Amherst and Lorain UCC churches to merge congregations on South Main Street

By Jason Hawk -

Three hundred twenty-two years of tradition and more than 100 worshipers will join July 1 when two Amherst and Lorain churches merge.

Following a May 7 vote, the Congregational United Church of Christ of Amherst will embrace the First Congregational United Church of Christ of Lorain.

For about five years, the Lorain church of 25 to 30 people has been trying to decide its course, said the Rev. Brian Burke, who has served as interim pastor in Amherst since November.

The Amherst congregation is larger and has robust youth and family ministries, and so the churches decided to combine under the roof of the small white chapel at 379 South Main St., a stone’s throw from the Church Street fire station.

Believers first established themselves in 1840 and still worship in their original 1843 building.

On banner Sundays, the 160-seat sanctuary will be fairly full. Average Sunday attendance is expected to be around 125.

First Congregational of Lorain came into existence later, in 1872. The ultimate plan is for its building at 423 Washington Ave. to be sold, Burke said.

“Each congregation brings different gifts and strengths to the other,” he wrote in an announcement of the merger. “The Amherst congregation is filled with youth and vitality while the Lorain congregation brings a passion for mission outside the church walls. With similar worship styles and core values, the merged congregation will thrive.”

In a follow-up interview, Burke said the Lorain church has long dedicated itself to serving the needy population of the city’s downtown.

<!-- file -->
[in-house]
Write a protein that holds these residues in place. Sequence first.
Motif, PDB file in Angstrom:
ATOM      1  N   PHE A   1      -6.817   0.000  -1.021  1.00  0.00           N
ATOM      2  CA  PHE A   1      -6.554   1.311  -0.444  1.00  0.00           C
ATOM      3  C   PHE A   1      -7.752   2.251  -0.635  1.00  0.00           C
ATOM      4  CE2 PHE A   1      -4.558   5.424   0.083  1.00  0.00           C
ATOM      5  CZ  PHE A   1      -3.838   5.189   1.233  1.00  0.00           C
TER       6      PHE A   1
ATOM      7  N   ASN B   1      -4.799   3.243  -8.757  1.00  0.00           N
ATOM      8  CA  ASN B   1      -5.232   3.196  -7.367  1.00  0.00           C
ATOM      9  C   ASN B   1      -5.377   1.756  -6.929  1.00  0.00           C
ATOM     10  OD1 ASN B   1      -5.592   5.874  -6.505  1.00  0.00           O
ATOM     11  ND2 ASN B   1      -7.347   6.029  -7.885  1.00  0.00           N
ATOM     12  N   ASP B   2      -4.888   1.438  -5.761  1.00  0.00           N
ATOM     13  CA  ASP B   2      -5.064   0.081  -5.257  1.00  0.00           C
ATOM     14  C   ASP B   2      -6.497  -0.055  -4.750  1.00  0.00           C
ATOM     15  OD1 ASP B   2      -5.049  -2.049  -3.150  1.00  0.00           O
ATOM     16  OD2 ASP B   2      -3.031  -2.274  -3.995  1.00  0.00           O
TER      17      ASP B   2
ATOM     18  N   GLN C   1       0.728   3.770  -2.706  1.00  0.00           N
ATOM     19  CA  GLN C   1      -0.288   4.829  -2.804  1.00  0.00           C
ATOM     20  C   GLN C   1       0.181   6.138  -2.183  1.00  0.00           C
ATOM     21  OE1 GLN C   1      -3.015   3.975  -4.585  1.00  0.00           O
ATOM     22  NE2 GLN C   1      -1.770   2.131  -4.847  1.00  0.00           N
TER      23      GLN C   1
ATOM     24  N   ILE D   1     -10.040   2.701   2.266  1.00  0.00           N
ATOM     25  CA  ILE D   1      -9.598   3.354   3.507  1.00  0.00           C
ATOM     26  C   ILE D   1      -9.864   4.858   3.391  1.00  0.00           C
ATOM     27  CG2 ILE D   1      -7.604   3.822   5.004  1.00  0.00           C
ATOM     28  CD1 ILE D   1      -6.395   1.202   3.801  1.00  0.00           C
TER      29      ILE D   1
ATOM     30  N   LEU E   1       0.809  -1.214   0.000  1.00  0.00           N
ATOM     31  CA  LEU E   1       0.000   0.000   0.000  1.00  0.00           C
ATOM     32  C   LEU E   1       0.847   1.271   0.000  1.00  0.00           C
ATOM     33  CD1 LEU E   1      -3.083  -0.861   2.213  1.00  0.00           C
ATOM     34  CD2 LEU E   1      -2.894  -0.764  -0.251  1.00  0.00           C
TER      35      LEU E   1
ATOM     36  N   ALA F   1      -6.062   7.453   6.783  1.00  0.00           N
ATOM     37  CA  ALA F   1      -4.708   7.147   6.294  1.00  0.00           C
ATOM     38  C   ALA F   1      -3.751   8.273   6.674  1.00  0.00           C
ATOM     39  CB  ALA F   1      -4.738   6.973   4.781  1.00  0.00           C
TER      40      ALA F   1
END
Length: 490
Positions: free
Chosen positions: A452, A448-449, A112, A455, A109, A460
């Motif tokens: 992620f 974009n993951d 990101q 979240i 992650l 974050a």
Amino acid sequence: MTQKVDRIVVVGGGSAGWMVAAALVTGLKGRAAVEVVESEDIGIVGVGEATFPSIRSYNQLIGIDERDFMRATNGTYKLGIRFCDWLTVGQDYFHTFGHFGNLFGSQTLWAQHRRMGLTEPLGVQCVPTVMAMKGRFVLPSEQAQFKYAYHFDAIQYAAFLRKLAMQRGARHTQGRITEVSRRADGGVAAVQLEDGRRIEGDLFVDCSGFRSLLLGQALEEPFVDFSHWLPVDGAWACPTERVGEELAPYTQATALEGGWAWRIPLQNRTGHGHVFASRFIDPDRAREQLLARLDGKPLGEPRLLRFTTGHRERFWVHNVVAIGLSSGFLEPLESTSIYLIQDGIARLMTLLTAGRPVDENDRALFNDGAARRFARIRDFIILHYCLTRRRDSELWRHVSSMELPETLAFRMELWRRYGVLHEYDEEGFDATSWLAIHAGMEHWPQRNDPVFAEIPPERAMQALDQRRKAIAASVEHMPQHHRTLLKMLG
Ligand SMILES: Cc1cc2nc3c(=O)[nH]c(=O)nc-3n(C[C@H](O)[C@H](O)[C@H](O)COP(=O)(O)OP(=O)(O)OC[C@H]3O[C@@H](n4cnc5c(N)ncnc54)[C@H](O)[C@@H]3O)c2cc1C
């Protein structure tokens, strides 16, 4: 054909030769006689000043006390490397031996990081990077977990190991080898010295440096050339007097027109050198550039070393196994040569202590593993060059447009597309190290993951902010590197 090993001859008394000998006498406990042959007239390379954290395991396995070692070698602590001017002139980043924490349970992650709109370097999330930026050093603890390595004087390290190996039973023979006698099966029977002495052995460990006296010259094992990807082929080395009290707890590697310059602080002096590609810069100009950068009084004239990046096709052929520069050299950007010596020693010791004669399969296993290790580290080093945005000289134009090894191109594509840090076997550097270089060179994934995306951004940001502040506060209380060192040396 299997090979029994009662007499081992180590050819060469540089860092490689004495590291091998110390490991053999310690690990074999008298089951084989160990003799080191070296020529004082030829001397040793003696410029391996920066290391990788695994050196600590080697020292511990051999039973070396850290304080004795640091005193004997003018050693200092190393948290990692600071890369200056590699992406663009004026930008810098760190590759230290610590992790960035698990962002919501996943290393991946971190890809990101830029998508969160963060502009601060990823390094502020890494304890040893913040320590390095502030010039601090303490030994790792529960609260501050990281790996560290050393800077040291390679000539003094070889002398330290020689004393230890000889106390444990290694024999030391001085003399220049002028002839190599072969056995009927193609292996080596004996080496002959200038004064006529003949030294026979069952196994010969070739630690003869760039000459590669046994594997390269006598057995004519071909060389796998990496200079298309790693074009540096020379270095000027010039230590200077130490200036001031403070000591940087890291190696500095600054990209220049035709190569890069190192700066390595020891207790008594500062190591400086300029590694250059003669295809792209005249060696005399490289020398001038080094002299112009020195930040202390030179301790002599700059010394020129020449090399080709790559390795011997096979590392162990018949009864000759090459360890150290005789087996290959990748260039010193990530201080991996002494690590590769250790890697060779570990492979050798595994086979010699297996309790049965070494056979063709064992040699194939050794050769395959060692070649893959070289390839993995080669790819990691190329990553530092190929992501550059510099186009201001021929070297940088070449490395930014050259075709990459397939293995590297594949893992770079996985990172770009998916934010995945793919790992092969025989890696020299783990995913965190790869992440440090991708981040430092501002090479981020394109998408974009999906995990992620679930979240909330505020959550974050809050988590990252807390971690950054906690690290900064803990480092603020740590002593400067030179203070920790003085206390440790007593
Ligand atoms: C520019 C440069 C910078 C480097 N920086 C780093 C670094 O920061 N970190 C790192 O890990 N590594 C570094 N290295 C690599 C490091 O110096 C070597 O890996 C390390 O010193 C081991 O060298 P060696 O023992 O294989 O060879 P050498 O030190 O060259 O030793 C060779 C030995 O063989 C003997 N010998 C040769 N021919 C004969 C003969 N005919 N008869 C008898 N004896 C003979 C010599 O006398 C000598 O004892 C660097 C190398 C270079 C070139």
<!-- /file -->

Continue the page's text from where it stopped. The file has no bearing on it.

It’s offered hot meals after Sunday worship services. “As long as we maintain the building, we intend to do that, keep that meal ministry going,” he said.

Burke hopes the legacy of serving others continues and that “we’ll be able to start to replicate things that are needed in Amherst and aren’t necessarily offered yet.”

A committee in charge of social action and missions will be tasked with identifying what kind of needs can be met in Amherst.

The combined congregations will choose a new name to reflect their singular new vision and ministry, and will retain an affiliation with the United Church of Christ.

“The transition teams of both congregations have looked at church mergers that succeeded, as well as others that experienced significant challenges or failed,” Burke said. “They are doing their best to incorporate the positive aspects of these experiences and avoid the pitfalls to insure the smoothest possible transition.”

The final worship service of the Lorain congregation in its sanctuary will be on Sunday, June 25 with the merged congregation holding its first official worship service on July 2 — 178 years to the day that the Amherst congregation was founded.

Burke will continue leading the flock until a new pastor is selected. By contract, he cannot be considered for the job, which has allowed him objectivity to lead through the merger period, he said.

Jason Hawk can be reached at 440-988-2801 or @EditorHawk on Twitter.

By Jason Hawk